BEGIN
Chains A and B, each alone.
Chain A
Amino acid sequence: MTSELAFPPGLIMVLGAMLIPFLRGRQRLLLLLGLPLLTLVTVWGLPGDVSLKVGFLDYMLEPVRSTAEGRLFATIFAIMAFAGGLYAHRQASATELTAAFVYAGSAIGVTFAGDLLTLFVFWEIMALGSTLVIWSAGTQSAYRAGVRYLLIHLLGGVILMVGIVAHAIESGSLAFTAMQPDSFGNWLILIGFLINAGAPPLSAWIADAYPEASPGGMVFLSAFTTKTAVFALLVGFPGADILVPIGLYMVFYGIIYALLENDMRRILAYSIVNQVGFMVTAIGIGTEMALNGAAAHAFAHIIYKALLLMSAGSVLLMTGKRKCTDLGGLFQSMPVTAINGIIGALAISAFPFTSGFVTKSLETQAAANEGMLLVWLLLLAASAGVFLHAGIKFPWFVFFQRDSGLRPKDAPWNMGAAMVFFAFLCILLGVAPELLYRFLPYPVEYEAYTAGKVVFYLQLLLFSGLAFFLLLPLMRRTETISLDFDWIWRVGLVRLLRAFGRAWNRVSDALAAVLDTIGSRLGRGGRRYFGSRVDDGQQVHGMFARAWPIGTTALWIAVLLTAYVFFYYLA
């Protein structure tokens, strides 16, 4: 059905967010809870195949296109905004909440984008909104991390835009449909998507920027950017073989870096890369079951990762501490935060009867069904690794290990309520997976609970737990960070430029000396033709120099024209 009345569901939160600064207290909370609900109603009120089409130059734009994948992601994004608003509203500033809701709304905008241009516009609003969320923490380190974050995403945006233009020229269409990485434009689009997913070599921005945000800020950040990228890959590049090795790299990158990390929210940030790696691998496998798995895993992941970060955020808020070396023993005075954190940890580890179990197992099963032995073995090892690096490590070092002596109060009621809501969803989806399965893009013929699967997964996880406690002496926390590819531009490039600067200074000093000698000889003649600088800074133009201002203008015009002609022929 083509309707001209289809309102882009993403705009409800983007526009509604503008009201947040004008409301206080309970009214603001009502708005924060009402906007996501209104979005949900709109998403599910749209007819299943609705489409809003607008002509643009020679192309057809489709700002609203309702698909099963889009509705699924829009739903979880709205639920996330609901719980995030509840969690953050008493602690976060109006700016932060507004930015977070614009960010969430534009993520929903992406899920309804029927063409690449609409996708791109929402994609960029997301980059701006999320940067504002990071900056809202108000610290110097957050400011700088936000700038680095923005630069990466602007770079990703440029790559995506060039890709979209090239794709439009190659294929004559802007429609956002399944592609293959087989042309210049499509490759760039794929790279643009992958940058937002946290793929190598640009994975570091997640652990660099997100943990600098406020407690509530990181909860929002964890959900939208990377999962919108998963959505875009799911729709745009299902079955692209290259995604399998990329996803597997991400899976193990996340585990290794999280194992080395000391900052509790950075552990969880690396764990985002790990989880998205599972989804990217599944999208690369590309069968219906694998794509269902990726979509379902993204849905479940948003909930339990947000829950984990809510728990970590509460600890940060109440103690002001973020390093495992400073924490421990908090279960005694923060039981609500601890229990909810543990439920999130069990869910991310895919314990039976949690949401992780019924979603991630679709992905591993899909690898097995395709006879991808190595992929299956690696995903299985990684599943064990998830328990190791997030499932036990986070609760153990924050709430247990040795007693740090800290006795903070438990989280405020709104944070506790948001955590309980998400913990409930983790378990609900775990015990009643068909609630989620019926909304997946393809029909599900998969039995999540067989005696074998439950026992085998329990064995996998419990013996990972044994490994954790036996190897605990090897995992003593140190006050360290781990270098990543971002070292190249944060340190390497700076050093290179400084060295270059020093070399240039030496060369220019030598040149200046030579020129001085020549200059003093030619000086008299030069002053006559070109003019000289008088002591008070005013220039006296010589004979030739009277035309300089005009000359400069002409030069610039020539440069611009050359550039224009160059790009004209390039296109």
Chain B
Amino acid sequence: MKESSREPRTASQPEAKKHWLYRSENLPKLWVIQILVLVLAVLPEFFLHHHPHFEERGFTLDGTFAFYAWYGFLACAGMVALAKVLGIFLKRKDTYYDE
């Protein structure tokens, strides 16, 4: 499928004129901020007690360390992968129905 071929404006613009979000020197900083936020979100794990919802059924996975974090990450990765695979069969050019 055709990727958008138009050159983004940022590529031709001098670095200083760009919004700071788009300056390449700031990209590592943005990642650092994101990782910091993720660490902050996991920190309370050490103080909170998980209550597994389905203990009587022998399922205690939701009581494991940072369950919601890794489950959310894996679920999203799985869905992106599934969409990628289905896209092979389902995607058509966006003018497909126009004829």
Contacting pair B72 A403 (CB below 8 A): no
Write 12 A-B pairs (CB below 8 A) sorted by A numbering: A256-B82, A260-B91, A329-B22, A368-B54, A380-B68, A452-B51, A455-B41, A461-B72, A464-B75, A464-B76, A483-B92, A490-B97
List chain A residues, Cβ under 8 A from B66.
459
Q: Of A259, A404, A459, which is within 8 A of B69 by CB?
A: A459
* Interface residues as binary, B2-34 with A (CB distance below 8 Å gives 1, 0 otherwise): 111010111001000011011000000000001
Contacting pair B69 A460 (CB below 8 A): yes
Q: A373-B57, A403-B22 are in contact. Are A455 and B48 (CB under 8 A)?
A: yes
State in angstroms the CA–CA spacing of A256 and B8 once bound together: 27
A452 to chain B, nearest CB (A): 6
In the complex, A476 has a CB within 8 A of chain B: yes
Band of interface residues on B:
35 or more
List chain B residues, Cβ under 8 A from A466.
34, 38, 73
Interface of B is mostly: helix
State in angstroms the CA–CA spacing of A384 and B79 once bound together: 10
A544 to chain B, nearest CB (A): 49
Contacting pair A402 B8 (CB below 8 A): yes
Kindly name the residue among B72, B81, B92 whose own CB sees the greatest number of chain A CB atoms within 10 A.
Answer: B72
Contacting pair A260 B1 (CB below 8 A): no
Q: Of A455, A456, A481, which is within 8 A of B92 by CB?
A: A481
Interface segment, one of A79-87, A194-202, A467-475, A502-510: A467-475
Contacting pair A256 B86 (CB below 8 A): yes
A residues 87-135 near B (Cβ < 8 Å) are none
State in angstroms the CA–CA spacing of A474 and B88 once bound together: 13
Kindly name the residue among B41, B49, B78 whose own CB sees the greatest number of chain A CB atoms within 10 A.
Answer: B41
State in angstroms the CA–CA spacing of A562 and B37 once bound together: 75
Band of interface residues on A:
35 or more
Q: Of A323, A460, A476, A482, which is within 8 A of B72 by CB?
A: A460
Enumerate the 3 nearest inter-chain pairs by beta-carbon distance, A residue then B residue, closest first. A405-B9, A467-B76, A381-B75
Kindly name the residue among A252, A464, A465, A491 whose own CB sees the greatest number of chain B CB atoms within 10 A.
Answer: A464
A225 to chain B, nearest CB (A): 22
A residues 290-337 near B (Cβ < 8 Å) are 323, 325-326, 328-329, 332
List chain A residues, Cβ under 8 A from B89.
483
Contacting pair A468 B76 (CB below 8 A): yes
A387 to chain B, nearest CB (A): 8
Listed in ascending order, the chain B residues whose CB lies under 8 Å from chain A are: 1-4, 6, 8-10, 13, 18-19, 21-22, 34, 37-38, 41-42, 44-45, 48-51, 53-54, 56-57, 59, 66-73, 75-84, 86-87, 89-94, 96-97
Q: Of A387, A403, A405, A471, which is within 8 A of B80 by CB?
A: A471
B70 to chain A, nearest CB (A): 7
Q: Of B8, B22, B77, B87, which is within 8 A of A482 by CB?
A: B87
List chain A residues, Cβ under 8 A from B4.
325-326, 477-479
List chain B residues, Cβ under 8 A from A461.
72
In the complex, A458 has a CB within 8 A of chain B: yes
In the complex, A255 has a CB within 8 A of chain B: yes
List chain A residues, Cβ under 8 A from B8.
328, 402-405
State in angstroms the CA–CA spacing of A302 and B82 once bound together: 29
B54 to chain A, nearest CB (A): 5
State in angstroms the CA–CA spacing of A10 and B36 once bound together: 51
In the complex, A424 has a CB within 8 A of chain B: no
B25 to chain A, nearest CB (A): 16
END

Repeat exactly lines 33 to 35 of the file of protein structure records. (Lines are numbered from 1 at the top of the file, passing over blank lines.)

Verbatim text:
A: A481
Interface segment, one of A79-87, A194-202, A467-475, A502-510: A467-475
Contacting pair A256 B86 (CB below 8 A): yes